Why Tobias Czudej juxtaposes prehistoric artefacts and emerging art
Tell us about where you're based - the area and your premises.
The gallery space was previously a Polish grocers; it’s located in a housing estate on Lambeth Walk, a couple of streets from the Thames. During WW2 the street was made famous with the song ‘The Lambeth Walk’, and in the 1980's and ‘90's there was an influential artist-run space, City Racing, down the road, near Oval cricket ground. I also recently discovered that William Blake lived round the corner; in Milton: A Poem in Two Books, Milton descends from the heavens in the form of a comet and lands in Lambeth inside Blake's foot. There are only a handful of galleries in the neighbourhood, but they're good oens: greengrassi, Corvi-Mora, Cabinet, and institutions like Gasworks, Tate Britain and the Imperial War Museum.
How would you describe the gallery's philosophy?
Kippenberger talked about wanting to be seen as a “good mood” artist and I want to be a “good mood” kind of gallery. The programme has no strict parameters: the exhibitions generally stem from ongoing research and conversations. I want to test the conventions of what a gallery is and explore how it can operate in a critically engaged way, true to current conditions as well as being historically aware. The next year includes exhibitions by both emerging and established artists as well as exhibitions of antiquities and other historical objects, collaboratio gwith researchers in their respective fields.
What are you presenting at Focus?
For Focus I’m collaborating with two Antiquities specialists – Georgiana Aitken and Martin Snowdon —to present new works by London based artist Gabriele Beveridge alongside Neolithic Idols from 10,000 – 2,000 BCE. Five idols will be displayed on a large glowing plinth: reminiscent equally of museum display, science fiction film sets and high-end retail design. On the walls there will be three new large-scale works by Gabriele Beveridge - assemblages constructed of found advertisements, artist-made frames, hand-blown glass and ephemera.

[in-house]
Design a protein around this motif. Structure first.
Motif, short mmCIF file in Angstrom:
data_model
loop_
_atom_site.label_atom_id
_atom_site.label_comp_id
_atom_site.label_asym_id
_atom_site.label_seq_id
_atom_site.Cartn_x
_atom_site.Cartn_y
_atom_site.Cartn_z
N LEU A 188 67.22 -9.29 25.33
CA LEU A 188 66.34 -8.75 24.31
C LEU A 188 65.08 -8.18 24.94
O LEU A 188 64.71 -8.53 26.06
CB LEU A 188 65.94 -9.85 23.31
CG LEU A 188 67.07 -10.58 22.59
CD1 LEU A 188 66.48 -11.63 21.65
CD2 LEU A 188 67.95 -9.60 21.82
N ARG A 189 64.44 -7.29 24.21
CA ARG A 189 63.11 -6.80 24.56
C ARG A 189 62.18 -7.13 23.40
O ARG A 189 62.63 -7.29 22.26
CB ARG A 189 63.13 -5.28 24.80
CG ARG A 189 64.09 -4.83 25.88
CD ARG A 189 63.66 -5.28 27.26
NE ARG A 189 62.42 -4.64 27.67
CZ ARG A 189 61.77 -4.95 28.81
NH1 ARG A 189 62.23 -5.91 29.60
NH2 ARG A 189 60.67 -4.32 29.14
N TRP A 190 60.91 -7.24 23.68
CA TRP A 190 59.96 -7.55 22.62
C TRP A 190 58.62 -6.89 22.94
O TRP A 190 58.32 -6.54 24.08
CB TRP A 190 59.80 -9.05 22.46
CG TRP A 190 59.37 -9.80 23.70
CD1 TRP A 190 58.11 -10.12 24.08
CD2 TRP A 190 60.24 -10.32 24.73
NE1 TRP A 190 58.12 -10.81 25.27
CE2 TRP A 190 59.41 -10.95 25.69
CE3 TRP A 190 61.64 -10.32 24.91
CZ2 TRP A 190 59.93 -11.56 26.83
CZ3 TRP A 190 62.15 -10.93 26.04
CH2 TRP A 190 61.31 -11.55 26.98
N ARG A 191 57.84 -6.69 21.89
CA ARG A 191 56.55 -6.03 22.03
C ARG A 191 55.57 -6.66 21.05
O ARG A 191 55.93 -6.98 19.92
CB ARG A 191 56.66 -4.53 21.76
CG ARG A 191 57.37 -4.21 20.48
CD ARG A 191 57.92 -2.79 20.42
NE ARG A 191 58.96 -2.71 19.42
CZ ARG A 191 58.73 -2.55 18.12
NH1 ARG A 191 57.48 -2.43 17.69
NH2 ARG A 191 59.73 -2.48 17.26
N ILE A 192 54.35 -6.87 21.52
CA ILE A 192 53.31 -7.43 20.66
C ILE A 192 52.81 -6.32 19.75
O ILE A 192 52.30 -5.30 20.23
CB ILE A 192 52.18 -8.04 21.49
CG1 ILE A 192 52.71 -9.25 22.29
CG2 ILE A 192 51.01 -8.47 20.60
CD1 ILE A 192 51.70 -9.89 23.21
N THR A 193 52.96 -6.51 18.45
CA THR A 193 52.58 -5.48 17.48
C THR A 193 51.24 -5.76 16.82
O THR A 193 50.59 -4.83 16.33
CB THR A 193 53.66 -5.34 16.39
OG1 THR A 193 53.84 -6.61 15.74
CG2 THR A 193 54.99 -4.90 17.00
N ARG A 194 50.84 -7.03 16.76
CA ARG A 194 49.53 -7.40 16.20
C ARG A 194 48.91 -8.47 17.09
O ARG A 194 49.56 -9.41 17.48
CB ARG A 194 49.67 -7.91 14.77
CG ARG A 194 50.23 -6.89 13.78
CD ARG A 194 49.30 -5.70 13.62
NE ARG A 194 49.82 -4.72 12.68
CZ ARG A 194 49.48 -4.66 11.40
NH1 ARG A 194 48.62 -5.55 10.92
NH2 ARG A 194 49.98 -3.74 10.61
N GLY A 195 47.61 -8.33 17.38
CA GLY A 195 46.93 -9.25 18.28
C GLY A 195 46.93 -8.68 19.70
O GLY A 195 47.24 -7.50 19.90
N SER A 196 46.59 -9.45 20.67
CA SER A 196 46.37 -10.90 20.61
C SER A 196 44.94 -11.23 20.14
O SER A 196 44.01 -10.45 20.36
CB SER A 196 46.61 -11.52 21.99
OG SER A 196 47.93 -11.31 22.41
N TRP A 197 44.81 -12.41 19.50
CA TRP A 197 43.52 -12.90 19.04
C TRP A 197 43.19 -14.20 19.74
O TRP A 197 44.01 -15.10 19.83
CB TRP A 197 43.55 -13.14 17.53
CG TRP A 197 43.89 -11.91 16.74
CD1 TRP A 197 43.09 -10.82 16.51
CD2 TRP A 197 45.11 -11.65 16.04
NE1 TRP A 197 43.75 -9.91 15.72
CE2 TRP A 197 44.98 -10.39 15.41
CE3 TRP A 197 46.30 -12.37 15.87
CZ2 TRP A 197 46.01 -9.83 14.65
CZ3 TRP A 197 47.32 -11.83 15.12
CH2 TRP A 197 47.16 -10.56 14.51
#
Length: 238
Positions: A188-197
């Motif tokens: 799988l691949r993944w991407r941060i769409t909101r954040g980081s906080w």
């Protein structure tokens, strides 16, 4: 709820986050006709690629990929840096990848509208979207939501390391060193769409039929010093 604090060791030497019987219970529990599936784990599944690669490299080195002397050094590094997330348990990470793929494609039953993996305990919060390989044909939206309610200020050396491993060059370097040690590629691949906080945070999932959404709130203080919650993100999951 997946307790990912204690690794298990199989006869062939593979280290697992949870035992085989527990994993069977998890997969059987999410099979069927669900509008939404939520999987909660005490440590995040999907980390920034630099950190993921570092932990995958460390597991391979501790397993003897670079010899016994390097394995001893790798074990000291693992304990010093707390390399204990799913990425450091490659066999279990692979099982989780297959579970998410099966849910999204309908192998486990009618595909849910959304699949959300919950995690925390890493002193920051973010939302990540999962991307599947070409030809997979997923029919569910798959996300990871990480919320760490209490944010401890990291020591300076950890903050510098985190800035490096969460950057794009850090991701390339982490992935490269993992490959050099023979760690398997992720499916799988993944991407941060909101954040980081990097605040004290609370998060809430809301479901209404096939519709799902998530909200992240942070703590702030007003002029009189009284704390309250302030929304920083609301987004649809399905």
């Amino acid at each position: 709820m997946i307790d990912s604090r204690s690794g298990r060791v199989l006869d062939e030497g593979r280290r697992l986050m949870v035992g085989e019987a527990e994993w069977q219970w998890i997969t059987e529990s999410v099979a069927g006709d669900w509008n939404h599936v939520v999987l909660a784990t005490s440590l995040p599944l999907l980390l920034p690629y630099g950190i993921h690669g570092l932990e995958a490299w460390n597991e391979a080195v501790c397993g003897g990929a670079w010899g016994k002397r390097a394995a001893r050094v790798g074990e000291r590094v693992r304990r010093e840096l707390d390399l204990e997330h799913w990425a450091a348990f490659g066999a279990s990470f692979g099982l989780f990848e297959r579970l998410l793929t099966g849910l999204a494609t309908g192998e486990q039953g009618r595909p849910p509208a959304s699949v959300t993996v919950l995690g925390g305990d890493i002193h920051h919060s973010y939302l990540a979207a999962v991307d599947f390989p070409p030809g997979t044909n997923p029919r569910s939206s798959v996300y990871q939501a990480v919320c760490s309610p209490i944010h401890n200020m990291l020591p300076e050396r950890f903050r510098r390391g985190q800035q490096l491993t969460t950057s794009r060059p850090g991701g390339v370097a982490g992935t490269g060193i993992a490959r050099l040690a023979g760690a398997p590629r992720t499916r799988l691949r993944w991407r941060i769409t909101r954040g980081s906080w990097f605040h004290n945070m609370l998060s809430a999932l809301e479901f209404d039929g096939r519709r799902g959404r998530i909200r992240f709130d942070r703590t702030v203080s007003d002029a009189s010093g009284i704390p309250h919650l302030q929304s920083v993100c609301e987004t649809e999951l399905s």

What drew you to the Neolithic idols?
I’ve been studying the Paleolithic and Neolithic periods for the past couple of years. It was in the Upper Paleolithic period we evolved into modern humans, from which we trace back the first evidence of image-making, and in the Neolithic period there are the beginnings of agriculture, social hierarchy and capital. These small sculptures - testimony to the popular beliefs of mankind at the birth of human civilization - resonate with with Gabriele Beveridge’s mysterious portraits of females, which explore experience in our contemporary commodity-world.
The exact purpose of Neolithic Idols is not really known, there’s evidence pointing towards them being used as fertility votives, funerary statuettes, idols for worship or basically as dolls – they are, most commonly, highly stylized anthropomorphic representations of the female form.
What else are you looking forward to seeing at the Frieze fairs?
Frieze Masters! And Nicolas Tremblay’s curated section of the fair about the 1990s.
You've curated shows for PACE gallery in London, among others. How did that experience lead you towards your own gallery?
I decided to open a fixed gallery space as it allows me to curate a long-term program, and to work with artists on solo exhibitions and publications, which is a much slower, focused process than curating one-off group shows. I got married this year to Catharine Czudej (previously Ahearn), the first artist to show at the gallery; she’s based in New York so I’m half there and half here, and will continue to organize shows independently at galleries in the US and elsewhere.
What are your typical Frieze Week haunts? Any traditions?
Trisha’s basement, on Greek Street.
What are you currently showing at the gallery?
We have a solo exhibition with Bryan Dooley from 24 September until 05 November titled Public Death: it explores fear, future disaster and circulation.
Chewday's is exhibting in Focus at Frieze London
Stand number: H18